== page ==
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An America as Good as Promised

Updated: Apr 22, 2021

America can't live up to ideals while suppressing votes

Northwest Arkansas Democrat-Gazette Op-ed (Published on April 22, 2021)

Author: Dr. RL Booker

Editor: Sara Bishop

The right to vote underlies every freedom and democratic principle we share as Americans. Without it, the project of democracy fails. There are no freedoms or liberties without the fundamental right to create a government that represents ‘We the People’. The power and pull of this aspiration have led to countless wars and billions of dollars invested overseas to export the values of our democracy around the world.

It has also led to critical change at home. The history of freedom—for women and people of color— in this country is about resolving the tension between American promises and American practices when it comes to excluding specific communities from exercising their right to vote. Our American identity insists on the dignity of the individual, regardless of the color of their skin, the circumstances of their family or bank accounts, the degrees they may or may not hold, their gender or sexuality, or even their religious or political allegiances.

As I survey the latest round of voting restrictions proposed (and passed) across the country, I hear the voice of Barbara Jordan, the first African American elected to the Texas Senate after Reconstruction and the First Southern African American woman elected to the United States House of Representatives. "What the people want is simple. They want an America as good as its promise."

According to the Brennan Center for Justice, in just five months after the 2020 election, 47 states have carried over, proposed, or introduced more than 350 legislative bills that would suppress the votes of millions of Americans. If passed, these bills would overwhelmingly affect disabled, poor, young and elderly residents, people of color and people returning to society from time in prison. These bills specifically impact folks who live in low-income and impoverished communities. What is left of the American Dream if we target and exclude these individuals from voting, the bedrock of democracy?

Proponents of these laws insist that they are a means to protect the electoral process from fraud. Yet election fraud is a baseless and overwhelmingly debunked claim. In a recent interview, Gabrial Sterling, Chief Operating Officer for the state elections in Georgia and a Republican stated, “it is unfortunate that the former president of the United States has largely driven this narrative and undermined people's faith in elections...elected representatives in Georgia had people screaming at them, saying, 'you have to do something', so they did.”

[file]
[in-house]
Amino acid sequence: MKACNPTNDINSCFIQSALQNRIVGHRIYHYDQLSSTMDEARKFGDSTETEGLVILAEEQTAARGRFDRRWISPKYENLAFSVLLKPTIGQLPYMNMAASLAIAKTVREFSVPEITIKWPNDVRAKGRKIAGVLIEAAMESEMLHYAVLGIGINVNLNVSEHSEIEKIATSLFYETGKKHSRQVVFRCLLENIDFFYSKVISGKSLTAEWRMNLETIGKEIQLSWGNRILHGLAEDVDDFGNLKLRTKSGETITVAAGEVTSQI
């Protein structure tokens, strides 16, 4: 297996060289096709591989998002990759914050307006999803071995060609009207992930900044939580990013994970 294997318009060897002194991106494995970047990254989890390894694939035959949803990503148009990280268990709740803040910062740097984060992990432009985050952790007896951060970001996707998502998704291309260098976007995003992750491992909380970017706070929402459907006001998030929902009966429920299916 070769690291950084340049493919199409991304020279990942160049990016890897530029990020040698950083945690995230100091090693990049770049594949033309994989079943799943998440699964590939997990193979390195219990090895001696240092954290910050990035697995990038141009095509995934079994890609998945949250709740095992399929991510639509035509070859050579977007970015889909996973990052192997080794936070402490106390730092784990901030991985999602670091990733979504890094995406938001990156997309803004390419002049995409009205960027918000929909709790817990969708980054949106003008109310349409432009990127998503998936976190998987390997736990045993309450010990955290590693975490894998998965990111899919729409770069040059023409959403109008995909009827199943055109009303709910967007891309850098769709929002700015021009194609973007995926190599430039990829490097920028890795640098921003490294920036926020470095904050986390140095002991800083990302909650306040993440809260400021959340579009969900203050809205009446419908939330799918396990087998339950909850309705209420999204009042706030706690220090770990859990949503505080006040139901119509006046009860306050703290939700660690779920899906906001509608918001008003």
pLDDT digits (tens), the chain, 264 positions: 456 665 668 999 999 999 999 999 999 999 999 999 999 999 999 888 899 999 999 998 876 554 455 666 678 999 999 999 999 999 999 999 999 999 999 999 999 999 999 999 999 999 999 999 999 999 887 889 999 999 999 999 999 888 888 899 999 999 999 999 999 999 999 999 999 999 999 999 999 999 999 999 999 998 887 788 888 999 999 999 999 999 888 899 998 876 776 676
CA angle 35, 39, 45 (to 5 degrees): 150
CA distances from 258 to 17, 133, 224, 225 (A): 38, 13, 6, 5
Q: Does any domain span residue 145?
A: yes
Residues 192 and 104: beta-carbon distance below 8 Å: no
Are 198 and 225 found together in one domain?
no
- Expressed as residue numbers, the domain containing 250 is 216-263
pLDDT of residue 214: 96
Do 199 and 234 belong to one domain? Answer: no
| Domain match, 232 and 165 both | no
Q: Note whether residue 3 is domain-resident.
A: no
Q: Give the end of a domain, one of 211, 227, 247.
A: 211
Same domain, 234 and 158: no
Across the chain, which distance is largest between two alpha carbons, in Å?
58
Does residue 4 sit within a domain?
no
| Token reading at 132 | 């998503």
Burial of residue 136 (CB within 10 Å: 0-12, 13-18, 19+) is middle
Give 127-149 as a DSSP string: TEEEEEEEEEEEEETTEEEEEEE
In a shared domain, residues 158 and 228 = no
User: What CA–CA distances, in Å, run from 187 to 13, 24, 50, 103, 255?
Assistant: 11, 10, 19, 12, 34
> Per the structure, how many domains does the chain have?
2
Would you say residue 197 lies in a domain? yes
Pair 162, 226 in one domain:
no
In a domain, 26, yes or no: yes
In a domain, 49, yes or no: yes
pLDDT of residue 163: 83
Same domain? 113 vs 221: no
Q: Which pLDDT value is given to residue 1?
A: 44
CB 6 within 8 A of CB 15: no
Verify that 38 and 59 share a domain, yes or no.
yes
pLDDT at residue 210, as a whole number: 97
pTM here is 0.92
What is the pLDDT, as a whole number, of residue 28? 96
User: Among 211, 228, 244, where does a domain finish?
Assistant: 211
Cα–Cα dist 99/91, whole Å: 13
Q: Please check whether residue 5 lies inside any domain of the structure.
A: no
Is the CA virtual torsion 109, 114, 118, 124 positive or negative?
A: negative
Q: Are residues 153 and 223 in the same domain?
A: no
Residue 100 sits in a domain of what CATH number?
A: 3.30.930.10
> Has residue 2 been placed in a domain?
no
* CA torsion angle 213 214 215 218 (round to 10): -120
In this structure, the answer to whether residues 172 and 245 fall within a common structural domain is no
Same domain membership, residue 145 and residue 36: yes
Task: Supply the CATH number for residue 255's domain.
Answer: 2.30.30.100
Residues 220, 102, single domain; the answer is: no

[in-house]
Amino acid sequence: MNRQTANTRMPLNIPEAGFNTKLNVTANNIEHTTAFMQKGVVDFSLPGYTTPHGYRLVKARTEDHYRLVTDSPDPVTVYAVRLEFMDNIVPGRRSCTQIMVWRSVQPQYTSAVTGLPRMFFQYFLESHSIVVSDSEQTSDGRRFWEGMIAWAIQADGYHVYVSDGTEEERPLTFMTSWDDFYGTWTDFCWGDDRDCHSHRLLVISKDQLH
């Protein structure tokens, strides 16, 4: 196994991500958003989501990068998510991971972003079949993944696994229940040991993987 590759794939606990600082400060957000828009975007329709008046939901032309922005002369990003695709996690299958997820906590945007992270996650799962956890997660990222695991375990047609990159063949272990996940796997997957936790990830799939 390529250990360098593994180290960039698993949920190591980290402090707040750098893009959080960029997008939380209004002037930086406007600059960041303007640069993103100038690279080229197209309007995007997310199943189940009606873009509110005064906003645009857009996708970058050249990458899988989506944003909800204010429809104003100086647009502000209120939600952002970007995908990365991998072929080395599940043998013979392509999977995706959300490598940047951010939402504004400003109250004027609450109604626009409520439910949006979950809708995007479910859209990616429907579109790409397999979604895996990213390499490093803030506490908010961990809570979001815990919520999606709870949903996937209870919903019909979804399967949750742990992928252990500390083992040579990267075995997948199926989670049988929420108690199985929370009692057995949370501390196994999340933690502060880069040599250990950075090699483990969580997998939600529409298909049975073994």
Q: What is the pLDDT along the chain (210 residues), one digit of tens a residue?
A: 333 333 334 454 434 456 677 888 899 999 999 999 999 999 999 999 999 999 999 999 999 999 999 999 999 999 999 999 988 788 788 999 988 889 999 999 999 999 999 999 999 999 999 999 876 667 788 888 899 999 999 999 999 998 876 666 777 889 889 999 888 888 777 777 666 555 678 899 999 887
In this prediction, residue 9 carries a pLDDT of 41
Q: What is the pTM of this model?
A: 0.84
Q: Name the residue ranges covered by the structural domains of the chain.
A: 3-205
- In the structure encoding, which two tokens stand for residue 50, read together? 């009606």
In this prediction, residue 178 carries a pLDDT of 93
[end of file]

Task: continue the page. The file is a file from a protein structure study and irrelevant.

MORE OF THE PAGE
Georgia's new law, Senate Bill 202, is one of the most restrictive laws that we have seen in a while. While the law has some expansive voting initiatives, we cannot overlook the suppressive initiatives. One of the most disturbing parts of Georgia's new law is that the five-person state election board will no longer be chaired by the duly elected secretary of state. The chair will now be appointed by the state election board. The state election board will also have the power to remove duly elected county election boards and appoint an entire new board for any reason. Senator Raphael Warnock stated that this law, "will allow for a hostile takeover of local boards of elections if the Georgia legislature filled with politicians doesn't like the outcome of an's anti-democratic, it's un-American." Other states are currently looking at Georgia as a blueprint to create and pass similar laws.

For the last few months, the question that has lingered in my mind is why elected officials who have for years relied on courts to determine elections now refuse to accept the rulings from 61 courts, including the Supreme Court? The straightforward answer is that the results of the 2020 election did not favor Republicans. Many also fear that high election turnout rates—the sign of a healthy democracy—may threaten the power and status of a privileged group. But isn't the promise of America fulfilled when poor people, people of color, and those who have in most cases been overlooked have the power to affect change, as Dr. King envisioned?

Fear, not aspiration, propels the most recent round of voting restrictions. Is this what it means to make America great again? There is a large segment of our country and our community who believe so. While they may disagree that the elections were 'free and fair,' they can have confidence that 'We the People' made this decision. It just didn't go their way. And if our democratic republic continues to hold, they will have the opportunity to make their voice heard again in two and four years.

As Americans, we should all agree that attempts to diminish the promise of America by restricting voices will be the end of democracy, not its restoration. In the words of founding father John Adams, "let us neglect all party [loyalty] and advert to facts; let us believe no man to be infallible or impeccable in government...take no man's word against evidence, nor implicitly adopt the sentiments of others, who may be deceived themselves, or maybe interested in deceiving us."



Austin, D.J. (2020, November 2). These Georgians can't vote on Tuesday. But they're mobilizing by the thousands. Facing South.

Katie, Couric. (2021, April 5). Georgia election official Gabriel Sterling defends new voting law, rails against suppression claims. [Video]. Youtube.

MSNBC. (2021, March 26). Sen. Warnock: New Georgia Voting Law Is 'Anti-Democratic' | Craig Melvin |. [Video]. Youtube.

National Archives. (2021). VI. "U" to the Boston Gazette, 29 August 1763.

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